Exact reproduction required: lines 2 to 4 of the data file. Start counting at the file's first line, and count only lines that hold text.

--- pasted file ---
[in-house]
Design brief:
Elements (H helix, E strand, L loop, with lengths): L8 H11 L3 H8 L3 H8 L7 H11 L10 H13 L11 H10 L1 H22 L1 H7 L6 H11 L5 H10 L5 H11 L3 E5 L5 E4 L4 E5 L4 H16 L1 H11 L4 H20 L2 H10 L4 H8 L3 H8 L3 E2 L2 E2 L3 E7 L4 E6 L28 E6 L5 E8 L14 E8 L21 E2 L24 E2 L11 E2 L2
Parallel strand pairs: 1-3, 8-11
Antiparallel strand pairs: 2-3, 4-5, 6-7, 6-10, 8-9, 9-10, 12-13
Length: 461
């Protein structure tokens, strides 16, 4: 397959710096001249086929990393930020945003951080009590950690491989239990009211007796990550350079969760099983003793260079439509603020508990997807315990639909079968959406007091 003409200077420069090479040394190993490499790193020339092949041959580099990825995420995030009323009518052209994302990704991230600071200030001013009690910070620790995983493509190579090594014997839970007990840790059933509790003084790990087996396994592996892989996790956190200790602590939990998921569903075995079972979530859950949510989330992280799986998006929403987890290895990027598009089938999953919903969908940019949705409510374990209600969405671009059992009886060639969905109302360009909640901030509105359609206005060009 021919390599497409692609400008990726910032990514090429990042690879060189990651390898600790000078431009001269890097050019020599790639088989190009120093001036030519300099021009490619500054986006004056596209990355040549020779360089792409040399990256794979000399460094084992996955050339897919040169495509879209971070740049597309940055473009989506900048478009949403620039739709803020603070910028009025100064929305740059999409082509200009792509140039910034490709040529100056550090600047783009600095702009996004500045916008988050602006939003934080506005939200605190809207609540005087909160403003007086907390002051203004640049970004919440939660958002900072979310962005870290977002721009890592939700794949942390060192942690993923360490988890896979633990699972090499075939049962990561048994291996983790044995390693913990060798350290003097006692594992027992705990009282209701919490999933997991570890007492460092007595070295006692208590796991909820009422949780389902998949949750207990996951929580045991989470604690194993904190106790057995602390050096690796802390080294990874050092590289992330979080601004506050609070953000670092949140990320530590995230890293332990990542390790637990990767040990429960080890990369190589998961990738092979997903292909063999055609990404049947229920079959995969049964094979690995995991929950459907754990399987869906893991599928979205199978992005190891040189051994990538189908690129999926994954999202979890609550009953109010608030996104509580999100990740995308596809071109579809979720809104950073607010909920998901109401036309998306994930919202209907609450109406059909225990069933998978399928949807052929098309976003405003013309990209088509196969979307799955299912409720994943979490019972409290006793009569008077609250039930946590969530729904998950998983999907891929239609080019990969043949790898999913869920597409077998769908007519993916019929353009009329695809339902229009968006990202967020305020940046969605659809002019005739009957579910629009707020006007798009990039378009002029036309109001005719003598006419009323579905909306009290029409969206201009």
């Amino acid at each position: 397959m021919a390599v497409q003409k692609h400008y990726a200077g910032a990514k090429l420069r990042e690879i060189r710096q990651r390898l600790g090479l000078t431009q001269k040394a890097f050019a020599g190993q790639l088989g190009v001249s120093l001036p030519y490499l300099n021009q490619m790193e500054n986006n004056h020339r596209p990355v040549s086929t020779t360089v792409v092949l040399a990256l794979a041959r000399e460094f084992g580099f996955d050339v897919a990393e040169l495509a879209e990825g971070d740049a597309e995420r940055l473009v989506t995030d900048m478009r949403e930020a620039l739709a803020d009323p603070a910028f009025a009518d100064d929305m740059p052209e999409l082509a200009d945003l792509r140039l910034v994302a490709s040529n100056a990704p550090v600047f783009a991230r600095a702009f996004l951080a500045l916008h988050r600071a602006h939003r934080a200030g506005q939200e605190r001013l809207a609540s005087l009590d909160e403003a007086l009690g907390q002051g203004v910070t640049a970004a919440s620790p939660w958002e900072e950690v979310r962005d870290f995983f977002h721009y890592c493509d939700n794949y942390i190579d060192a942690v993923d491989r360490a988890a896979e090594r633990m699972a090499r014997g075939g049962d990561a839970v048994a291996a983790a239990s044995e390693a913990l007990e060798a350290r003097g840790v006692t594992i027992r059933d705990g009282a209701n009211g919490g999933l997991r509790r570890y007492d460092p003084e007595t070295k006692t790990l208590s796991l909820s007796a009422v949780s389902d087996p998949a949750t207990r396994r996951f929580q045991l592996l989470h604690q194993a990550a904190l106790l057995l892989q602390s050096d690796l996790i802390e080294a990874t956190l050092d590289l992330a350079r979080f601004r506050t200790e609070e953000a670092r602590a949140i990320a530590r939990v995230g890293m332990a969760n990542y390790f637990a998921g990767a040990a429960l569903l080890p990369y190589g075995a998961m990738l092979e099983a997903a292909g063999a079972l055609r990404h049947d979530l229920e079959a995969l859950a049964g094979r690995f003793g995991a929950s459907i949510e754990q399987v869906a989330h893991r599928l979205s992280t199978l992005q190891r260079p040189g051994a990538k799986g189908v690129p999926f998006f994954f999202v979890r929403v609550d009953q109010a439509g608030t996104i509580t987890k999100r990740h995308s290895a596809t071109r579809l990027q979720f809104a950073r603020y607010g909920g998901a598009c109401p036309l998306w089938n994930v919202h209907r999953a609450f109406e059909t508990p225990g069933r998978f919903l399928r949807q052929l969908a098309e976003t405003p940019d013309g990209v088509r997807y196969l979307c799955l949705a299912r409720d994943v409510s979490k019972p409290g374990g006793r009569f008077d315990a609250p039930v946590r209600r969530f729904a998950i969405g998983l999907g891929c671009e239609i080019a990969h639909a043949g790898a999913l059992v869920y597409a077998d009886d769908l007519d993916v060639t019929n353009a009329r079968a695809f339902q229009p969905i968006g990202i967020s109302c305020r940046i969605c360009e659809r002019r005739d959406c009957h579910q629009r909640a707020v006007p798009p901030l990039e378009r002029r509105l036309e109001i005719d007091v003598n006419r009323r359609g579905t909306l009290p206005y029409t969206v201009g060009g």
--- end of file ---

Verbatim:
Design brief:
Elements (H helix, E strand, L loop, with lengths): L8 H11 L3 H8 L3 H8 L7 H11 L10 H13 L11 H10 L1 H22 L1 H7 L6 H11 L5 H10 L5 H11 L3 E5 L5 E4 L4 E5 L4 H16 L1 H11 L4 H20 L2 H10 L4 H8 L3 H8 L3 E2 L2 E2 L3 E7 L4 E6 L28 E6 L5 E8 L14 E8 L21 E2 L24 E2 L11 E2 L2
Parallel strand pairs: 1-3, 8-11